The Luxembourg tax authorities issue guidelines on the fiscal aspects of virtual currencies


On 26 July 2018, the Luxembourg tax authorities published a circular on specific fiscal aspects of virtual currencies.

Since it does not consider virtual currencies as a real currency, the circular clarifies that the Luxembourg tax accounts can not be prepared and the taxable income can not be reported in a virtual currency. Virtual currencies are intangible assets that must be reported to their countervalue in a real currency. The exchange rate at the time when positions in virtual currency are taken and released should be used. The income must be determined by applying the exchange rate of the day on which it is made available to the tax payer and the expenses applying the rate of the day on which they are incurred. Thus, although not explicitly mentioned, the circular applies a historical cost rather than a mark-to-market approach to determine the results of the virtual currency.

The circular explains that the tax regime applicable to transactions in virtual currency depends on the nature of income. The income in virtual currency derived from a corporate tax payer is the income from work in default (tax rate of 26.01% in the city of Luxembourg). The virtual currency itself constitutes a taxable asset for the purpose of net capital tax. Only the taxpayers of the companies are subject to the net equity tax.

For individual taxpayers, income in virtual currency is taxed as corporate income (progressive rates up to 42%, excluding surcharges for employment funds and municipal business tax) at the rate of 6 , 75% in the city of Luxembourg) only if it is generated in the context of a commercial enterprise. An enterprise is an independent business with a profitable intent that is exercised permanently and that constitutes a participation in the general economic life. The circular specifies that these conditions are met regularly if a taxpayer creates (" mines" ) virtual currency, conducts an online virtual currency exchange platform or automatically distributes virtual currency. In addition, premises or infrastructures dedicated to virtual currency transactions, borrowed capital, frequent alternations of virtual currency inventory or trade on behalf of third parties are considered typical indicators of a & # 39; commercial enterprise. If income qualifies as corporate income, the operating expenses incurred in the commercial enterprise are deductible only from taxes.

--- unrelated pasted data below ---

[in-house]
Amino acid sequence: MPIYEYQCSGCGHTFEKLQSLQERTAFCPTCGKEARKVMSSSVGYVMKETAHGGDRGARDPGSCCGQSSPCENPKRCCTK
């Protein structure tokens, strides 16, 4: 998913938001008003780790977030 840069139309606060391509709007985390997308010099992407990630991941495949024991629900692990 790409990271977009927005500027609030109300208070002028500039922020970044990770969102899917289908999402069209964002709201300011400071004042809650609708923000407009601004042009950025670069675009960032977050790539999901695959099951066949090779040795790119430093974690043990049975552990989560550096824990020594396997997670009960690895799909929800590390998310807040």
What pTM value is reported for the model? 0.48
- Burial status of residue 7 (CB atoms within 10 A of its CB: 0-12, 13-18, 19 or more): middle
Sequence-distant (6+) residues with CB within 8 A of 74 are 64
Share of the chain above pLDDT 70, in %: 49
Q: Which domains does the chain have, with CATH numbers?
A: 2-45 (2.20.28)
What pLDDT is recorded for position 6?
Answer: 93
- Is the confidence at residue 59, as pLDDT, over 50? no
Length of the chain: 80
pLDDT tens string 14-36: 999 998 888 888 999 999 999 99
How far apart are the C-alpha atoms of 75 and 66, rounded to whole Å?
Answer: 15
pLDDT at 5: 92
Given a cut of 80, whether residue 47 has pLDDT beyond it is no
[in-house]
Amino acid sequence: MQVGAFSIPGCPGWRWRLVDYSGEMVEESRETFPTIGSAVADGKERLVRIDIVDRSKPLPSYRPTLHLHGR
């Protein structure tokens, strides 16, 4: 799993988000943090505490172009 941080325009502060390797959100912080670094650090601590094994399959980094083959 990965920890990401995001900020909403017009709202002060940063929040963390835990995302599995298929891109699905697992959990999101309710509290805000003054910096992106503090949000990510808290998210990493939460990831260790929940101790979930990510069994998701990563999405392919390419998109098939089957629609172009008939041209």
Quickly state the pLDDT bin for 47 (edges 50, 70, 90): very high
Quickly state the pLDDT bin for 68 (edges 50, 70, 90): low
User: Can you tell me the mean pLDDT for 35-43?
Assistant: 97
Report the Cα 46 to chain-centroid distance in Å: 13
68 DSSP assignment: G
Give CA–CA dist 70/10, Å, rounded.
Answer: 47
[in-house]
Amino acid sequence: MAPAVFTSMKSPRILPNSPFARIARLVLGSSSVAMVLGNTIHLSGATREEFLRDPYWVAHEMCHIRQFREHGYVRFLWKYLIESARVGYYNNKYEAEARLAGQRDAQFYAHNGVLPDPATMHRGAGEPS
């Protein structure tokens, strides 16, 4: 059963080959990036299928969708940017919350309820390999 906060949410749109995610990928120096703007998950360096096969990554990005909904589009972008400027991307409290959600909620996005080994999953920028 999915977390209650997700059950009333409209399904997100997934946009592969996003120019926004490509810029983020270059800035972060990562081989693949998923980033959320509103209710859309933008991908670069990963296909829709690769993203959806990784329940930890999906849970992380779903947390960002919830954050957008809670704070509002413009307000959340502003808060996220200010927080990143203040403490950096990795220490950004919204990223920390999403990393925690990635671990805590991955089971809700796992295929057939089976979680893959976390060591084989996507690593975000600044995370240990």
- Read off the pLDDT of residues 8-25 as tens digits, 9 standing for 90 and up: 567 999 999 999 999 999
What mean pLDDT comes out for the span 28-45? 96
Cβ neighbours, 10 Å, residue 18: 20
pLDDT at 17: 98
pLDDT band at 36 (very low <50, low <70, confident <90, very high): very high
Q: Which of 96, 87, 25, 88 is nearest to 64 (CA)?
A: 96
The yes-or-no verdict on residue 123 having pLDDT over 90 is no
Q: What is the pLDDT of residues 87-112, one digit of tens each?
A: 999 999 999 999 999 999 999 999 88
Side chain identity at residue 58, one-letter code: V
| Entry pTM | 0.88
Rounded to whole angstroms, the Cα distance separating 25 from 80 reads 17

In the event that a single tax payer is not engaged in a business, income from a virtual currency is taxed if it results in speculative gains exceeding 500 euros during a calendar year. This is the case if the virtual currency is disposed of with a profit within six months of its acquisition. The tax payer is required to have consistent and continuous documentation, in particular in relation to the date of acquisition or creation of the virtual currency, as well as the related costs. The burden of proof lies with the tax payer. Where, in the context of the creation of virtual currency, the individual identification of the currency traded proves to be difficult or even impossible, the purchase price of the realized virtual currency will be determined on the basis of the weighted average price method. When a mining business does not meet all the criteria to qualify as a commercial enterprise, it can generate and be taxed as other net income.

This new circular, accessible here, should be of interest to investors in virtual currency, be they professionals or amateurs, miners or operators of virtual currency platforms. In times when many questions on the taxation of virtual currencies remain unanswered, this guide is certainly a first step towards greater legal certainty. Note that a circular is an explanatory note, which is binding on tax authorities but not as such for tax payers. Taxpayers can however reasonably be able to rely on it on the basis of the principle of good faith.

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